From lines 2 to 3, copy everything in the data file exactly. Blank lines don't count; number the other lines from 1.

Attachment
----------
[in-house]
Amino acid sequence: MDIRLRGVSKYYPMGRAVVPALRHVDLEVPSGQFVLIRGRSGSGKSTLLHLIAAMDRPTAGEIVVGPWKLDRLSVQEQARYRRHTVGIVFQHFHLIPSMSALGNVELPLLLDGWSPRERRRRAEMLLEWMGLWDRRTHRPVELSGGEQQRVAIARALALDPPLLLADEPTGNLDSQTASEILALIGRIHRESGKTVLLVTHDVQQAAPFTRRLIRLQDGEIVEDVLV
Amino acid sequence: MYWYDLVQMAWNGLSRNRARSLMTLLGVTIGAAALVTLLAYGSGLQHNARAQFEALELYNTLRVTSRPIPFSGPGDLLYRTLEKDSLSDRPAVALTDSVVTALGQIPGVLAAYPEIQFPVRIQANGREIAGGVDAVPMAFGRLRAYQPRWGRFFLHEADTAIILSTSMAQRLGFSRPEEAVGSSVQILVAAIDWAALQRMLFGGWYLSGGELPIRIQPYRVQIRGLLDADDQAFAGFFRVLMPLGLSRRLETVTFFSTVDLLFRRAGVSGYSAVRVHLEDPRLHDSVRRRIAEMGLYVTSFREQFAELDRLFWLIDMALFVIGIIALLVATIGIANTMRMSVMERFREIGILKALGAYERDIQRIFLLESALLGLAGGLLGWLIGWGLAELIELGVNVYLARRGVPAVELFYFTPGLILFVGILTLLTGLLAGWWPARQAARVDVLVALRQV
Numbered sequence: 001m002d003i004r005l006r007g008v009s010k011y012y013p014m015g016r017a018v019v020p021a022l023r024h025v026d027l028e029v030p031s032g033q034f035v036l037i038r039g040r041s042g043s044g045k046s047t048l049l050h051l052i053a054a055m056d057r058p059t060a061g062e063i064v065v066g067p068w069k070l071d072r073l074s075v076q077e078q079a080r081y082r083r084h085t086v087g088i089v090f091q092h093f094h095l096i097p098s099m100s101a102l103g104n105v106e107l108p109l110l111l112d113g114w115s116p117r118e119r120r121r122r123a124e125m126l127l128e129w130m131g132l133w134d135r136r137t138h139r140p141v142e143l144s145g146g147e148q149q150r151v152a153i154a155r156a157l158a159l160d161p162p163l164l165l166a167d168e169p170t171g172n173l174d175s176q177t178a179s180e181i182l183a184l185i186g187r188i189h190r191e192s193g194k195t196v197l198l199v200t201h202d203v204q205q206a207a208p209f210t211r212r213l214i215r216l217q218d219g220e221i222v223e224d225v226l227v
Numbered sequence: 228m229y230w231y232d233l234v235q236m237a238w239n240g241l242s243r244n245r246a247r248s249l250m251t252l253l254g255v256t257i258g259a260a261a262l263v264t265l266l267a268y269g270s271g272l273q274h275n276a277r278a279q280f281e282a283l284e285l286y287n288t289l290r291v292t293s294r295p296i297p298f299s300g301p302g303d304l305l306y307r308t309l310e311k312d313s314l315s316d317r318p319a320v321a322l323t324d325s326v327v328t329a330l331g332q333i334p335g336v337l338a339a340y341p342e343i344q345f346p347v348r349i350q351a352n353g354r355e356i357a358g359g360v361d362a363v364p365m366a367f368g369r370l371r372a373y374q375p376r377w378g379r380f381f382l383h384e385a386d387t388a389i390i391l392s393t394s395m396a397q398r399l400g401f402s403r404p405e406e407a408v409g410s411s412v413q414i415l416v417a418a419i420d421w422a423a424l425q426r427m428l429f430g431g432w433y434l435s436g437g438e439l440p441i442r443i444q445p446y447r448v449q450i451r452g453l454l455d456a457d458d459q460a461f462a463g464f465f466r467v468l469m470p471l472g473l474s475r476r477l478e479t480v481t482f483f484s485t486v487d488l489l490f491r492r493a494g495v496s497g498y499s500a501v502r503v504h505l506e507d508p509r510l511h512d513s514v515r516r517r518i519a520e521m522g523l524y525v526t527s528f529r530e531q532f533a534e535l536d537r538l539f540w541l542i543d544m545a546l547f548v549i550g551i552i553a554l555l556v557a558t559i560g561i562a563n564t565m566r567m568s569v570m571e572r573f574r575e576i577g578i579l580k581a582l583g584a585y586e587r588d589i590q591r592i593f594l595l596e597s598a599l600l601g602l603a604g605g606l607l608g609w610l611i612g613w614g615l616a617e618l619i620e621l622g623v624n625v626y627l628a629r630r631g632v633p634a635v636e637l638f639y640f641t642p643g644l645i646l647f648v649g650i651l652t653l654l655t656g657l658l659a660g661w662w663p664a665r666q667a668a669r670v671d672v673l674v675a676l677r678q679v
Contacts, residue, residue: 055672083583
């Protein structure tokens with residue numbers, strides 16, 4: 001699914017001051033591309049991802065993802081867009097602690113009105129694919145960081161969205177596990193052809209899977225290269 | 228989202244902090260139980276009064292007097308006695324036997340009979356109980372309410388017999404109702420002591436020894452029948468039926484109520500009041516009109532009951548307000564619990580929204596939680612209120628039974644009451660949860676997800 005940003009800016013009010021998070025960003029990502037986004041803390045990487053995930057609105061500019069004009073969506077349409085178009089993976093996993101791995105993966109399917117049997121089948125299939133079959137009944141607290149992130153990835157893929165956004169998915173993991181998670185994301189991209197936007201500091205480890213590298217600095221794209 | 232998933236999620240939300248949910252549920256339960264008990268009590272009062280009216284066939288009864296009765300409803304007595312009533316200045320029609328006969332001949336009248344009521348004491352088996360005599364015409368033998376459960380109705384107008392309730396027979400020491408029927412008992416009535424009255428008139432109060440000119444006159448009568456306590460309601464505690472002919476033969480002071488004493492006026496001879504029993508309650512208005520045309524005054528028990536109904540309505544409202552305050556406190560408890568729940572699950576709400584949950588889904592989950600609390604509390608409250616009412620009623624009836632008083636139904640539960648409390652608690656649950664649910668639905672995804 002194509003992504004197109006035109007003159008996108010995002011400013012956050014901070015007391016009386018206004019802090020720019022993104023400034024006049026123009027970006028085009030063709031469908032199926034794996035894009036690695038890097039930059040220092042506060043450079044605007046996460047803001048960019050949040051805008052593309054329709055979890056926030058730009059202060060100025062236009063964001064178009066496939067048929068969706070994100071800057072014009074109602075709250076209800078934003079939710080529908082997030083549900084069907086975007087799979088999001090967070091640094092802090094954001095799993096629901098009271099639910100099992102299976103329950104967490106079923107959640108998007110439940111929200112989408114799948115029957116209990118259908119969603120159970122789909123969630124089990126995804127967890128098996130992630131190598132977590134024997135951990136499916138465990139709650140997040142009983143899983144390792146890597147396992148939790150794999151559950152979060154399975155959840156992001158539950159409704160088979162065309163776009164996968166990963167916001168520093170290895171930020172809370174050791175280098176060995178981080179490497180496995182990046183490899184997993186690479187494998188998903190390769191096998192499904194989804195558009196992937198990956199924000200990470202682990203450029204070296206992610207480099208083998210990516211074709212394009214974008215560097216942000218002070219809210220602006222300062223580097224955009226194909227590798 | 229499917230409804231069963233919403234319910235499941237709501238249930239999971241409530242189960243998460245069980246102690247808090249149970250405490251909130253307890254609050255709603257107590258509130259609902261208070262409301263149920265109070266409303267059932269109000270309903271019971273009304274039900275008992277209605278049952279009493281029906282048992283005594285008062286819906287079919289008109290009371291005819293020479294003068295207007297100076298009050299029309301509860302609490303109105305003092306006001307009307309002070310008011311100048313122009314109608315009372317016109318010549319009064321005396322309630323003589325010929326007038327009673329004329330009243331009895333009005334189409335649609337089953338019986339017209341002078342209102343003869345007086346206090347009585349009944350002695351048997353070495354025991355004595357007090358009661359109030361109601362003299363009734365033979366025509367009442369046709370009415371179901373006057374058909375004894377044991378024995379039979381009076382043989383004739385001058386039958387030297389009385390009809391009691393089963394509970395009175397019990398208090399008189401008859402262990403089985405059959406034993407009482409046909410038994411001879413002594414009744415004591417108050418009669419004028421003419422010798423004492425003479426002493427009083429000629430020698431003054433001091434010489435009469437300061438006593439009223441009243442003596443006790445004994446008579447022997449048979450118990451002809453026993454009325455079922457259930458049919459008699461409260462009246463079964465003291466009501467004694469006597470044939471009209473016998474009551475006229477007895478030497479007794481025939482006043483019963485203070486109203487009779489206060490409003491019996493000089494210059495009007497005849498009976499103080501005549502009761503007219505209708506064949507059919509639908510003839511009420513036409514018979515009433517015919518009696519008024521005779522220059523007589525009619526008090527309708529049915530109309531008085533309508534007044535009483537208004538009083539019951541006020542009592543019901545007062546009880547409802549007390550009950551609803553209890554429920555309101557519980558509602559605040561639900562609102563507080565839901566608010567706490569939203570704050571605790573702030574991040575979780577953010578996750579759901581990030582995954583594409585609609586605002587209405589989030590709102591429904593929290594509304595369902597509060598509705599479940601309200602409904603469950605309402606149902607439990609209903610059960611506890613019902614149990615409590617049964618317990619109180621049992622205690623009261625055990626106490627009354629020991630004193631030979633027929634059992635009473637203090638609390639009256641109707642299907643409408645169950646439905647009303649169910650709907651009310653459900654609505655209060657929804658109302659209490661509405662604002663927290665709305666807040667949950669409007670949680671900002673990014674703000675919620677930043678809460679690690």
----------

Amino acid sequence: MDIRLRGVSKYYPMGRAVVPALRHVDLEVPSGQFVLIRGRSGSGKSTLLHLIAAMDRPTAGEIVVGPWKLDRLSVQEQARYRRHTVGIVFQHFHLIPSMSALGNVELPLLLDGWSPRERRRRAEMLLEWMGLWDRRTHRPVELSGGEQQRVAIARALALDPPLLLADEPTGNLDSQTASEILALIGRIHRESGKTVLLVTHDVQQAAPFTRRLIRLQDGEIVEDVLV
Amino acid sequence: MYWYDLVQMAWNGLSRNRARSLMTLLGVTIGAAALVTLLAYGSGLQHNARAQFEALELYNTLRVTSRPIPFSGPGDLLYRTLEKDSLSDRPAVALTDSVVTALGQIPGVLAAYPEIQFPVRIQANGREIAGGVDAVPMAFGRLRAYQPRWGRFFLHEADTAIILSTSMAQRLGFSRPEEAVGSSVQILVAAIDWAALQRMLFGGWYLSGGELPIRIQPYRVQIRGLLDADDQAFAGFFRVLMPLGLSRRLETVTFFSTVDLLFRRAGVSGYSAVRVHLEDPRLHDSVRRRIAEMGLYVTSFREQFAELDRLFWLIDMALFVIGIIALLVATIGIANTMRMSVMERFREIGILKALGAYERDIQRIFLLESALLGLAGGLLGWLIGWGLAELIELGVNVYLARRGVPAVELFYFTPGLILFVGILTLLTGLLAGWWPARQAARVDVLVALRQV